December 29, 2020 0 Comments

When temperatures drop, there are certain ingredients in our skincare routines that should be on the up.

There’s no denying that we Brits are obsessed with summer. We draw it out as long as possible, allowing its presence to impact plans, conversations and moods. From the shy whispers of sunshine on our first jumper-free day in April, all the way up to the final unexpected heatwave of September. It’s an ironic trait, considering we’re world-renowned for having summers that are – at the best of times – unpredictable.

Perhaps that’s exactly why though. A British summer is like the first sip of your favourite drink; delicious, tantalising and it always leaves you wanting more. We enjoy our first taste of heat, the kind that makes you dig out last year’s swimwear (only to wonder why you no longer have a set that matches) and has you pondering whether open water swimming really is for you after all. 

However, as quickly as it arrives, it’s gone, leaving us longing for that euphoric feeling of warmth for the next few months. Even the sun shyers, the hat wearers and garden grumblers cannot deny that it brings a certain electric quality to the country’s mood. 

It’s a seasonal hopefulness that leaves us feeling a little sad when it’s over. When pumpkins start piling up in supermarket aisles, the promise of a long, hazy summer – reminiscent of the rosey, ice lolly-coated school holidays of childhood – dances drearily out of reach for another long winter. 

Some of us feel a jolt of excitement at the prospect of being able to pile on more than two layers, the warming sensation of a Pumpkin Spiced Latté (again with the pumpkins) and the prospect of the holy grail of winter wishes – a white Christmas. Others hunker down, stockpile on vitamin D tablets and wonder why humans haven’t evolved to join their fellow mammalian friends in the process of hibernation. I personally sit very much in the second camp. 

That being said, what does make the winter more bearable is knowing that we don’t have to sacrifice our healthy skin to its icy clutches, as long as we’re supplementing our skincare routines with as much nourishing goodness as possible. 

So, whether you’re a fellow cold-phobe like me or you relish the prospect of ice skating and chilly walks – but still want to fortify your skin’s defences – we’ve picked out five ingredients to help boost your complexion as temperatures start to drop.

Rosehip Oil 

First of all, this golden oil looks like summer in a bottle, making it a perfect pick-me-up for when the sun sets just a few hours after lunchtime. It’s extracted from rosehip seeds, and comes packed full of omega oils, to moisturise and soothe skin, and antioxidants such as vitamins A, C and E, to brighten and protect in equal measure. It’s also effective at soothing the symptoms of eczema and psoriasis, two conditions the winter can play havoc with due to a more rapid change in temperature between inside and outside (National Eczema Association). 

Vitamin E 

This ingredient has been around in skincare for a long time, but there’s a reason it’s stood the test of time. If we’re being really technical, the term vitamin E actually refers to a group of oil-soluble antioxidants, but tocopherol is the variety you’re likely to see in skincare products. Cold air can leave our skin feeling irritated and dry, but vitamin E is a natural anti-inflammatory and works hard to soothe and calm our skin (Oregon State University). Its antioxidant benefits are also even more of a necessity in winter, as cold air has been shown to lead to higher pollution levels (Accu Weather). Vitamin E works to protect our skin from these increased pollution levels and free radicals – which scavenge electrons from atoms in our skin – by providing an extra electron and preventing damage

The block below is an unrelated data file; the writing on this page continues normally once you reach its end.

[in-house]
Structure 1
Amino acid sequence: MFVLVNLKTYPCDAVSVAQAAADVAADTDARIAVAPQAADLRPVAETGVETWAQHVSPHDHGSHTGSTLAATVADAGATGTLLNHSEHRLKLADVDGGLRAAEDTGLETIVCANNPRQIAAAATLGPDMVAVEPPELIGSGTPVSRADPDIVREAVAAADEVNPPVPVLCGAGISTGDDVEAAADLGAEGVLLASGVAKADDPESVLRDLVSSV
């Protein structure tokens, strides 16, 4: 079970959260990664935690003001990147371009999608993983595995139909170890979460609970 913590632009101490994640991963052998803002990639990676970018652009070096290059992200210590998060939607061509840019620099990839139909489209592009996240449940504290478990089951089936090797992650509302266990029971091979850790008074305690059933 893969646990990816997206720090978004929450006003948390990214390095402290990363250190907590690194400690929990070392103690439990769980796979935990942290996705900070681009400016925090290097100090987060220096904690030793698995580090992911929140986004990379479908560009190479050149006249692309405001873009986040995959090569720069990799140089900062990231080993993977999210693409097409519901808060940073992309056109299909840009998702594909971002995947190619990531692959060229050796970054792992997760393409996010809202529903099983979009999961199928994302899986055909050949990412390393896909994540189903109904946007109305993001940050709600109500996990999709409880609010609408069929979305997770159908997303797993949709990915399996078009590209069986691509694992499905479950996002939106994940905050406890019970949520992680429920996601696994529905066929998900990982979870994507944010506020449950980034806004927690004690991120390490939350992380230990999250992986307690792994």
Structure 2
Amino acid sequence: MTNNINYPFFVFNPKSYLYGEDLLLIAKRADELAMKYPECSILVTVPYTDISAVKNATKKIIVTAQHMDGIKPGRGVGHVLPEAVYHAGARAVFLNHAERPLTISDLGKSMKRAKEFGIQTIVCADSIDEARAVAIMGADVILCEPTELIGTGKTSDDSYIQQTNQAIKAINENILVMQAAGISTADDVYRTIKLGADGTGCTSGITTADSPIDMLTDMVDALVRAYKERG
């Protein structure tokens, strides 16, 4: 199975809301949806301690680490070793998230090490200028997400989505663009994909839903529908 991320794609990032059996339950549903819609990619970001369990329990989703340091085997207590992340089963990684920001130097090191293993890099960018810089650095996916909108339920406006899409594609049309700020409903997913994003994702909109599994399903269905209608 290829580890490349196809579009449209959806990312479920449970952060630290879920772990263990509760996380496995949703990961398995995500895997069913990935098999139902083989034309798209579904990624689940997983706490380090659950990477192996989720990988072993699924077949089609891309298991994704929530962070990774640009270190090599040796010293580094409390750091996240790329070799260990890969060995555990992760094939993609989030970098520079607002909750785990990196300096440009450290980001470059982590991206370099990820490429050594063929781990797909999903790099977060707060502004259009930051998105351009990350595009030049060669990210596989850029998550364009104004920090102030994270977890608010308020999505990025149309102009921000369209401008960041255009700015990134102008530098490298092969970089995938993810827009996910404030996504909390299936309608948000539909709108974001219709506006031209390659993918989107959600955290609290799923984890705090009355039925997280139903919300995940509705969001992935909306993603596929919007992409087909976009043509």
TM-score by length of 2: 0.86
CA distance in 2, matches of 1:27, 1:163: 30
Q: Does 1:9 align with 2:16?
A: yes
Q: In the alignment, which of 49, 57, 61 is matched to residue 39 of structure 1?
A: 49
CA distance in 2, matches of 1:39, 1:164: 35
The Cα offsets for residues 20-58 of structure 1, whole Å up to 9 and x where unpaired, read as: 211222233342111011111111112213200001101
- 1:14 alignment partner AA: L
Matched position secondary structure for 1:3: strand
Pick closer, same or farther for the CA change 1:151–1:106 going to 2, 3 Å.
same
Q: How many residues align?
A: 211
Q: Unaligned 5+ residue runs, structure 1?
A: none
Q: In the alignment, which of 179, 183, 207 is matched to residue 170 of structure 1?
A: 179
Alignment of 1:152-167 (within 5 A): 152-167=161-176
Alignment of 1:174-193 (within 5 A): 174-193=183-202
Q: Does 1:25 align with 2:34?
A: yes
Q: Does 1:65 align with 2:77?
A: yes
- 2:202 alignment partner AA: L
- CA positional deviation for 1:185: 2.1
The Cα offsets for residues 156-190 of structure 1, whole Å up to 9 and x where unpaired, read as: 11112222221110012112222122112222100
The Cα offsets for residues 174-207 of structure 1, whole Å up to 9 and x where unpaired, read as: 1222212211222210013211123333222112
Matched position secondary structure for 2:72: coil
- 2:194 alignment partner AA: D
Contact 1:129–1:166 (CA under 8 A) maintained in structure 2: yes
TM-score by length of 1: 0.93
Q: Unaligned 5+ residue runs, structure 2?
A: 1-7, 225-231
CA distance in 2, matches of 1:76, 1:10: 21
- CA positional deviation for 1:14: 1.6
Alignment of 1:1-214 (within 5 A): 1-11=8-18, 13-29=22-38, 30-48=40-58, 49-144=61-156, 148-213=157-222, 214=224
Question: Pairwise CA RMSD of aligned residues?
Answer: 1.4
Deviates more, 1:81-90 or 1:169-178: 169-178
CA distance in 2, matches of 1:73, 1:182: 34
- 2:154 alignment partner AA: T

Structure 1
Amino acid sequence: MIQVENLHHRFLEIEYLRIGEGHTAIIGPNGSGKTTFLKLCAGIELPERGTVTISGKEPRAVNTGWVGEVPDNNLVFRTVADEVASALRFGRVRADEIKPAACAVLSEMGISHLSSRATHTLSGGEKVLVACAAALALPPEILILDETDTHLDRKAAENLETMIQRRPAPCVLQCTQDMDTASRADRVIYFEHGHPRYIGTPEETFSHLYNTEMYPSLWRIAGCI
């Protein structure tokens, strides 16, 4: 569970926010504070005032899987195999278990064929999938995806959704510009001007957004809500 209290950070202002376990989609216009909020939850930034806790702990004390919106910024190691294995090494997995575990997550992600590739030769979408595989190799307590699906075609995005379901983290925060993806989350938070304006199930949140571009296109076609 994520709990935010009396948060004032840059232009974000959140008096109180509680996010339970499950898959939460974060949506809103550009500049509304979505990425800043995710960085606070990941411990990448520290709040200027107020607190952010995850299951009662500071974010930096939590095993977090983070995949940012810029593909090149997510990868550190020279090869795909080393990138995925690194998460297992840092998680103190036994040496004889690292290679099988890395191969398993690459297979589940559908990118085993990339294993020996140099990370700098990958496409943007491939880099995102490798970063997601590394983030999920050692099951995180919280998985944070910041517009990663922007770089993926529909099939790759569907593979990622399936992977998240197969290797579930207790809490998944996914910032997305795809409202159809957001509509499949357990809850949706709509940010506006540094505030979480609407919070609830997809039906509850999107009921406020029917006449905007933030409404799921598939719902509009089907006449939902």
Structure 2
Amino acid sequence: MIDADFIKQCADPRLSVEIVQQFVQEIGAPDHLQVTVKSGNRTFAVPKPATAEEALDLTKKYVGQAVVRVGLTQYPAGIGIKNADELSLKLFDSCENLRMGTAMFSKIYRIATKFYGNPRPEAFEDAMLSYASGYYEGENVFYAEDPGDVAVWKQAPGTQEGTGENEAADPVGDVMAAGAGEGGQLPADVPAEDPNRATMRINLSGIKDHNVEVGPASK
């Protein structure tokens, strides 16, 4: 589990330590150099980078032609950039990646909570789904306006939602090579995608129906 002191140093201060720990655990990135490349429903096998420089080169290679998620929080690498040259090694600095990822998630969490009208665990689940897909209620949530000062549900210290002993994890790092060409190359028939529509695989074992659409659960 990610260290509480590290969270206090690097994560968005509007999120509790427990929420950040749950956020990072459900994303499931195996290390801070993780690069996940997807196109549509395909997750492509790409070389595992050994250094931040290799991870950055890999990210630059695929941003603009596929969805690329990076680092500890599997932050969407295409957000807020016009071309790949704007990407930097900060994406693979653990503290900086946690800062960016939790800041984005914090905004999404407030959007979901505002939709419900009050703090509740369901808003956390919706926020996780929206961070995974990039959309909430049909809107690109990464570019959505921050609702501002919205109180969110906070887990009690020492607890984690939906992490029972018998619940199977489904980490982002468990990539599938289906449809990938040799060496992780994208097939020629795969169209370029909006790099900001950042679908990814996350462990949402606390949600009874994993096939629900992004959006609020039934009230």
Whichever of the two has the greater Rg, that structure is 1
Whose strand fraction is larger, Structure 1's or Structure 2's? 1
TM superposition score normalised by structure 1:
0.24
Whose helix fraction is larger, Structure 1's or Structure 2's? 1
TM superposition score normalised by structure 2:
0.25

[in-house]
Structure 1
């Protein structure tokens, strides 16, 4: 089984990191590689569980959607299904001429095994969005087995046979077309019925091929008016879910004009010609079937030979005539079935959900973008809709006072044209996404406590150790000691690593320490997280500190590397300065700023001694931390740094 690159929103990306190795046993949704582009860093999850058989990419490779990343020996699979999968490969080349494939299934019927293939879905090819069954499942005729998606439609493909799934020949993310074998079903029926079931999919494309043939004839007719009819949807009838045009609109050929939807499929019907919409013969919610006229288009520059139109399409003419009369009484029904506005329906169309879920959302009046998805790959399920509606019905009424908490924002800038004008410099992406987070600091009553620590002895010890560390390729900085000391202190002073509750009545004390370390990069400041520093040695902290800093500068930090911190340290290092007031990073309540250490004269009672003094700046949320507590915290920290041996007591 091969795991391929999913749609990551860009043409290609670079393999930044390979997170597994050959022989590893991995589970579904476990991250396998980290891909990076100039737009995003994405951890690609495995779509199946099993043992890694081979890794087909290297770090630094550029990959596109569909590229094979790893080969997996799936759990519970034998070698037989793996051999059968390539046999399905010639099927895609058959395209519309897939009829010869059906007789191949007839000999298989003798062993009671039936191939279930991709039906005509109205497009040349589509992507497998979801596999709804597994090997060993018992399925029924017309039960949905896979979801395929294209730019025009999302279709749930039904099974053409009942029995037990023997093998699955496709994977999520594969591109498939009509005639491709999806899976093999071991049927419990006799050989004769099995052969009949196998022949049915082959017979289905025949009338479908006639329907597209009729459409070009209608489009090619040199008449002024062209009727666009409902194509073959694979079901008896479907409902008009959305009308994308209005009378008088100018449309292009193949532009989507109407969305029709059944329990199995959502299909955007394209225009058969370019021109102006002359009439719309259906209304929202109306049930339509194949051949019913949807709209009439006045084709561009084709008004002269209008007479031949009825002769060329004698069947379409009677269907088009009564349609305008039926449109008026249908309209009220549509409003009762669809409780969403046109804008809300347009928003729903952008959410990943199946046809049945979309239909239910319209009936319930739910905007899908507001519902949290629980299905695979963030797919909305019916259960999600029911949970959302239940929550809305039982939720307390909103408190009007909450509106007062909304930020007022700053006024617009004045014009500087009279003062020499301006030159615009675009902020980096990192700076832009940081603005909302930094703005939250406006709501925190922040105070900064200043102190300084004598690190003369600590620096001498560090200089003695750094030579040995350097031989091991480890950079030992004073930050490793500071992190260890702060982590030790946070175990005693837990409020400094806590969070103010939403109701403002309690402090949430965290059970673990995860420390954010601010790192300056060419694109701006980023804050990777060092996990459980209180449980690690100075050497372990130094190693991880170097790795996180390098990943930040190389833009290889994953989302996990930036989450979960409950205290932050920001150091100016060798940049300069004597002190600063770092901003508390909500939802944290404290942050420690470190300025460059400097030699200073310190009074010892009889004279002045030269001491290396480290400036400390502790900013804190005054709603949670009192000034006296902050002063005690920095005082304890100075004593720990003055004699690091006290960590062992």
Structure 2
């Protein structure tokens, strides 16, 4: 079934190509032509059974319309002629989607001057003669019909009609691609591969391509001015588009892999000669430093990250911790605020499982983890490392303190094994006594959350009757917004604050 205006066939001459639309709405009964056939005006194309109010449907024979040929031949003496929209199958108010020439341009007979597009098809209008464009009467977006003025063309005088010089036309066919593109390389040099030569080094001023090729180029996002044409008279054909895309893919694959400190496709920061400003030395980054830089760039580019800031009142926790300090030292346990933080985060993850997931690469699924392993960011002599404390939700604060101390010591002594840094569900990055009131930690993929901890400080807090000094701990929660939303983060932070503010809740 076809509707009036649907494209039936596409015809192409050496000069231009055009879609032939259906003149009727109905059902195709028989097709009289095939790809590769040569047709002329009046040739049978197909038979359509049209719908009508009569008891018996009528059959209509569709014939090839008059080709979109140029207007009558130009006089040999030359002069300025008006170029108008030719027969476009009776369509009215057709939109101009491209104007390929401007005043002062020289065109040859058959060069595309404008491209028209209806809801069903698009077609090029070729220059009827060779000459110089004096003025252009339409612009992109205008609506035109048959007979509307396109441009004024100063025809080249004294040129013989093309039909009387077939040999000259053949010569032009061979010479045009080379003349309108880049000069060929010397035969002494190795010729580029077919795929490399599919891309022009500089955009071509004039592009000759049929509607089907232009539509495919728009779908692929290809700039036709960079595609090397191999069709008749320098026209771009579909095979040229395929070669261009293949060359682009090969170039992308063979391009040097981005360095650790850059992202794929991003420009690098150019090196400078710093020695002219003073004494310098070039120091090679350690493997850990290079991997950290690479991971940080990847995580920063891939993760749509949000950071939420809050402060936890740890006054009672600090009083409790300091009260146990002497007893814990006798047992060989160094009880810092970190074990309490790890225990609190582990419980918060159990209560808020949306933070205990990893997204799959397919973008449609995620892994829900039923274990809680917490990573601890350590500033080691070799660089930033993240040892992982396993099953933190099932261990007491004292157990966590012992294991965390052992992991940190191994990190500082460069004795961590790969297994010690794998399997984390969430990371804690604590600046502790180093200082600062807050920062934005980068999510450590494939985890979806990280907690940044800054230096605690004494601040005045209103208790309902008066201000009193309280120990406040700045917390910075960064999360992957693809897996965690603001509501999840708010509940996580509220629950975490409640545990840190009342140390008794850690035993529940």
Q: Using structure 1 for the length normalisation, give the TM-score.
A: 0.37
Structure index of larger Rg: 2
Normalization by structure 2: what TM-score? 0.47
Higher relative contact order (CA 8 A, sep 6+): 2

Aloe Vera 

This refreshing plant extract is one we often associate with summer, with its cooling properties making it an effective addition to aftersun and sun care products. However, its hydrating, antioxidant and soothing abilities have earned it a spot on our list of winter-proof ingredients as well. Nina Goad, British Association of Dermatologists, notes that “prolonged wet weather can strip the skin’s barrier function.” (ScienceDaily). This can lead to greater transepidermal water loss, and so ingredients such as aloe vera that work to rehydrate the skin are essential in maintaining that oh-so-coveted bounce. 

Coconut Oil     

A rich source of fatty acids, coconut oil has occlusive benefits for our skin and traps moisture – something we need more of in cooler temperatures. “Winter poses a special problem because humidity is low both outdoors and indoors, and the water content of the epidermis (the outermost layer of skin) tends to reflect the level of humidity around it” (Harvard Medical School). That’s why we often experience dryness or the ‘winter itch’ during long periods of cold temperatures. Coconut oil assists our epidermis by reducing transepidermal water loss to keep our skin nice and hydrated (National Center For Biotechnology Information).  

Vitamin C 

Like vitamin E, vitamin C also has powerful antioxidant benefits. Aside from its ability to protect our skin from free radical and pollution damage, there are a fair few reasons why this ingredient has become a beauty buzzword and made its way onto our list of sub-zero heroes. Skin can look duller during the winter, caused by the dryness and moisture-loss we’ve already talked about, but vitamin C has been proven to effectively brighten and even skin tone (Journal of Clinical and Aesthetic Dermatology), so your skin keeps on glowing strong! 

Look me up! 

Want to see which of our products contain these sub-zero heroes? You can search by ingredient on our website. 

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